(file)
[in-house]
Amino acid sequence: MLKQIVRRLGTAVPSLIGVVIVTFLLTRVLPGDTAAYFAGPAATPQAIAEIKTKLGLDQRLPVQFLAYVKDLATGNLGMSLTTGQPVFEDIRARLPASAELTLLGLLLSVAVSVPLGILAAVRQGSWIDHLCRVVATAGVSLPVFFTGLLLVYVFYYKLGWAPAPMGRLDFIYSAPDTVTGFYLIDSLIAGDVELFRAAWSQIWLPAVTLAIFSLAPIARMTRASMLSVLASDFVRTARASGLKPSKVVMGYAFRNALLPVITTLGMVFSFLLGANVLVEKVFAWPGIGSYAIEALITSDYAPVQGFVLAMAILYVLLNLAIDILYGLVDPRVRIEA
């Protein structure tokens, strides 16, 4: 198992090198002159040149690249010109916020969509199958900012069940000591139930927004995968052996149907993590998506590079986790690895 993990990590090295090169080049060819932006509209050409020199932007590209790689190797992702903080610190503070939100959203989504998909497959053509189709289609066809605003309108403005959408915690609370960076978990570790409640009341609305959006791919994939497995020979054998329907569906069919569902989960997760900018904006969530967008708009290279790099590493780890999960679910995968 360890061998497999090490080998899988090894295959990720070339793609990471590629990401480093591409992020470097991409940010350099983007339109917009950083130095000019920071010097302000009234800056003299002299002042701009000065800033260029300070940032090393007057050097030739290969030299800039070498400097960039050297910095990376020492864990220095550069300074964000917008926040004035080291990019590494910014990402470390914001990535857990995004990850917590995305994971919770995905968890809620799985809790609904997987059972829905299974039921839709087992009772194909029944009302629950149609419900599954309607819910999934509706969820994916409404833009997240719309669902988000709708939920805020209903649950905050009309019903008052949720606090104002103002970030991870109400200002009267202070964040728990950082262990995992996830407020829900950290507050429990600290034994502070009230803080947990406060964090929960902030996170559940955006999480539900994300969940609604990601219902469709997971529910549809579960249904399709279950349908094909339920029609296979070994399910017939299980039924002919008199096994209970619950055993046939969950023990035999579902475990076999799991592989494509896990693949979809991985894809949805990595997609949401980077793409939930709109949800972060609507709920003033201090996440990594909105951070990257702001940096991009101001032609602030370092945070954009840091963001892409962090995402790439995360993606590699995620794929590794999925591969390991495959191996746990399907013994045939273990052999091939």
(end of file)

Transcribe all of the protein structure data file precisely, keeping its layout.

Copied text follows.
[in-house]
Amino acid sequence: MLKQIVRRLGTAVPSLIGVVIVTFLLTRVLPGDTAAYFAGPAATPQAIAEIKTKLGLDQRLPVQFLAYVKDLATGNLGMSLTTGQPVFEDIRARLPASAELTLLGLLLSVAVSVPLGILAAVRQGSWIDHLCRVVATAGVSLPVFFTGLLLVYVFYYKLGWAPAPMGRLDFIYSAPDTVTGFYLIDSLIAGDVELFRAAWSQIWLPAVTLAIFSLAPIARMTRASMLSVLASDFVRTARASGLKPSKVVMGYAFRNALLPVITTLGMVFSFLLGANVLVEKVFAWPGIGSYAIEALITSDYAPVQGFVLAMAILYVLLNLAIDILYGLVDPRVRIEA
């Protein structure tokens, strides 16, 4: 198992090198002159040149690249010109916020969509199958900012069940000591139930927004995968052996149907993590998506590079986790690895 993990990590090295090169080049060819932006509209050409020199932007590209790689190797992702903080610190503070939100959203989504998909497959053509189709289609066809605003309108403005959408915690609370960076978990570790409640009341609305959006791919994939497995020979054998329907569906069919569902989960997760900018904006969530967008708009290279790099590493780890999960679910995968 360890061998497999090490080998899988090894295959990720070339793609990471590629990401480093591409992020470097991409940010350099983007339109917009950083130095000019920071010097302000009234800056003299002299002042701009000065800033260029300070940032090393007057050097030739290969030299800039070498400097960039050297910095990376020492864990220095550069300074964000917008926040004035080291990019590494910014990402470390914001990535857990995004990850917590995305994971919770995905968890809620799985809790609904997987059972829905299974039921839709087992009772194909029944009302629950149609419900599954309607819910999934509706969820994916409404833009997240719309669902988000709708939920805020209903649950905050009309019903008052949720606090104002103002970030991870109400200002009267202070964040728990950082262990995992996830407020829900950290507050429990600290034994502070009230803080947990406060964090929960902030996170559940955006999480539900994300969940609604990601219902469709997971529910549809579960249904399709279950349908094909339920029609296979070994399910017939299980039924002919008199096994209970619950055993046939969950023990035999579902475990076999799991592989494509896990693949979809991985894809949805990595997609949401980077793409939930709109949800972060609507709920003033201090996440990594909105951070990257702001940096991009101001032609602030370092945070954009840091963001892409962090995402790439995360993606590699995620794929590794999925591969390991495959191996746990399907013994045939273990052999091939």